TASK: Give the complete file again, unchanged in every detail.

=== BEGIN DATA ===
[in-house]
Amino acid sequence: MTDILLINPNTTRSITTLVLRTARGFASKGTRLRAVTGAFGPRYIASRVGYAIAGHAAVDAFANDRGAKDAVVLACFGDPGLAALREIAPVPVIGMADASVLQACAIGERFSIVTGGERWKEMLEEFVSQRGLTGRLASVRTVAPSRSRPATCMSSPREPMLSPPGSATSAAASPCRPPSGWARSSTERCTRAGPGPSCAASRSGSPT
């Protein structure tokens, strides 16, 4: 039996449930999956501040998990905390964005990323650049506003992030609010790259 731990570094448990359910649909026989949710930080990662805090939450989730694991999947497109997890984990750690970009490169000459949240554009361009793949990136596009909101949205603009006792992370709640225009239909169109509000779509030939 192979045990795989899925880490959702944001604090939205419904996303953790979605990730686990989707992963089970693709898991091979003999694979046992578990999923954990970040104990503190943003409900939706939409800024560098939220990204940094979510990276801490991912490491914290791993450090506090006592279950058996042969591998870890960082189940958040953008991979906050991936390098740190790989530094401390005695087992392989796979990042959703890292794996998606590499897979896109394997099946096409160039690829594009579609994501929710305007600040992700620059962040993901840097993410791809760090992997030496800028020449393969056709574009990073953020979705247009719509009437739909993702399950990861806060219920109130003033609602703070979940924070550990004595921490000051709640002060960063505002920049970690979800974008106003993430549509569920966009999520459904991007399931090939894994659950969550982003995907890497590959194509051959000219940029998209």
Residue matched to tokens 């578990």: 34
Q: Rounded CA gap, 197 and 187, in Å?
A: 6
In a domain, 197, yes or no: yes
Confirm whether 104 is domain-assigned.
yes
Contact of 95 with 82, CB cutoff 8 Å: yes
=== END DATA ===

[in-house]
Amino acid sequence: MTDILLINPNTTRSITTLVLRTARGFASKGTRLRAVTGAFGPRYIASRVGYAIAGHAAVDAFANDRGAKDAVVLACFGDPGLAALREIAPVPVIGMADASVLQACAIGERFSIVTGGERWKEMLEEFVSQRGLTGRLASVRTVAPSRSRPATCMSSPREPMLSPPGSATSAAASPCRPPSGWARSSTERCTRAGPGPSCAASRSGSPT
């Protein structure tokens, strides 16, 4: 039996449930999956501040998990905390964005990323650049506003992030609010790259 731990570094448990359910649909026989949710930080990662805090939450989730694991999947497109997890984990750690970009490169000459949240554009361009793949990136596009909101949205603009006792992370709640225009239909169109509000779509030939 192979045990795989899925880490959702944001604090939205419904996303953790979605990730686990989707992963089970693709898991091979003999694979046992578990999923954990970040104990503190943003409900939706939409800024560098939220990204940094979510990276801490991912490491914290791993450090506090006592279950058996042969591998870890960082189940958040953008991979906050991936390098740190790989530094401390005695087992392989796979990042959703890292794996998606590499897979896109394997099946096409160039690829594009579609994501929710305007600040992700620059962040993901840097993410791809760090992997030496800028020449393969056709574009990073953020979705247009719509009437739909993702399950990861806060219920109130003033609602703070979940924070550990004595921490000051709640002060960063505002920049970690979800974008106003993430549509569920966009999520459904991007399931090939894994659950969550982003995907890497590959194509051959000219940029998209």
Residue matched to tokens 């578990």: 34
Q: Rounded CA gap, 197 and 187, in Å?
A: 6
In a domain, 197, yes or no: yes
Confirm whether 104 is domain-assigned.
yes
Contact of 95 with 82, CB cutoff 8 Å: yes